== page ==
Or consider NBC's broadcast of the divisional playoff game between the Baltimore Ravens and the New England Patriots. On raw audio, you could hear play-by-play man Al Michaels going over prepared comments about Goodell and his handling of the Rice domestic violence issue and the fatuous report by Robert Mueller. Following Michaels, color commentator Cris Collinsworth stated, "The decision initially to suspend Ray Rice for two games was a mistake, and the commissioner admitted that. But I never once in all my dealings with the commissioner doubted his integrity." He sounded like he was staring at a picture of a hooded man holding up a copy of that day's newspaper and a revolver to his son's head.
Commissioner Goodell's response to his singular failure to address the Ray Rice domestic-violence arrest (or the dozens that have occurred virtually unnoticed during his tenure) was to arrogate to himself more authority to adjudicate them. If you've already integrated the competitive, broadcast and reporting parts of the game, you might as well include the justice system too. He has created a nearly self-contained reality because, all evidence of his massive idiocy aside, he's canny enough to recognize that the one thing most hostile to the NFL Shield is real life. And for the most part, it's worked. The Rice assault would probably have disappeared down the memory hole like its dozens of predecessors had it not been accompanied by the galvanic and undeniable reality of video.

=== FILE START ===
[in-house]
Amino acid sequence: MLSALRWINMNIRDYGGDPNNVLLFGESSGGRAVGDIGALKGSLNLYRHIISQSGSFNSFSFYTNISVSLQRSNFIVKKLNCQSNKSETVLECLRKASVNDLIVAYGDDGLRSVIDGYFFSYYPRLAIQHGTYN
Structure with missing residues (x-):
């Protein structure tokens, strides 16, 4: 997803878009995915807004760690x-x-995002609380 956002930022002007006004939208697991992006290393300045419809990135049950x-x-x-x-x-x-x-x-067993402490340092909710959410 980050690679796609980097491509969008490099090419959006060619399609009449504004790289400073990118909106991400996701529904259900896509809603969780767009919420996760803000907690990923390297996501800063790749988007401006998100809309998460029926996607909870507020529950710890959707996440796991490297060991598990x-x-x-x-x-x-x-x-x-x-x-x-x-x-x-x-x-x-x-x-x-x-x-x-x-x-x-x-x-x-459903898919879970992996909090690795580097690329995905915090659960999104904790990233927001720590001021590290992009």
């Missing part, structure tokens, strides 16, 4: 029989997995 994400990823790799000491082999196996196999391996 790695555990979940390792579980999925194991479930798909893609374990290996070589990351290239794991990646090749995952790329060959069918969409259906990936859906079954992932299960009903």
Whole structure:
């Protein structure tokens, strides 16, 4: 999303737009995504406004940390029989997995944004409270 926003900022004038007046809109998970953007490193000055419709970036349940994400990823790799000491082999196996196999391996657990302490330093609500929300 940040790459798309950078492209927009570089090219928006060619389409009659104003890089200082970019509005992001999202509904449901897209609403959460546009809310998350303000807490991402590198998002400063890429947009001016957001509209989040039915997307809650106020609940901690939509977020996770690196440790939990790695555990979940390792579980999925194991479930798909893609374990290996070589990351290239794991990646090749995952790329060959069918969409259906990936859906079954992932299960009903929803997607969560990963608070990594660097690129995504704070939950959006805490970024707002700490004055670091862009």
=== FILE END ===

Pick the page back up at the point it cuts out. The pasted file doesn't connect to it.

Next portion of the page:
Goodell knows that, on a very fundamental level, we watch football to be spared reality. There is no more automatic response to a sportswriter discussing politics or social issues than the cry, "Stick to sports." Fans have been his willing accomplices in denying the traumas and injustices underlying the games, because we embrace the game primarily for escapism and for the illusion that we can witness morality plays and talent competitions tested in a nowhere place of complete fairness and equilibrium.
He mostly would've gotten away with it, if it weren't for meddling facts generated not by social agitators and outside commentators, but by the normative functions of the NFL. Everything that so dearly threatens to crack the sealed environment of Goodell World is something created by Goodell World itself.
In a micro sense, you can point to the insane privilege of fame that likely spared Ben Roethlisberger from reckoning with the fact that he is human garbage – apart from a six-game suspension subsequently reduced to four. You can point to tolerated law enforcement partnerships with teams like the 49ers and Steelers, who have their own "fixers." You can point to the privilege that lets Colts owner Jim Irsay get pulled over drunk and on Vicodin and get ordered to stay off Twitter while Marshawn Lynch gets fined for not talking pretty to the NFL promotional wing. Or Jimmy Haslam keeping his team despite being a massive fraudster, while one of his wide receivers gets suspended again and again for smoking weed. Or Dan Snyder trivializing a genocide. Or Jerry Richardson extorting his city at great profit. But all that's predictable. Protecting franchise-defining players and keeping the grunts in line while keeping labor costs low and owner revenue high is just good business in a league that unironically and ubiquitously refers to its competition as the on-field product.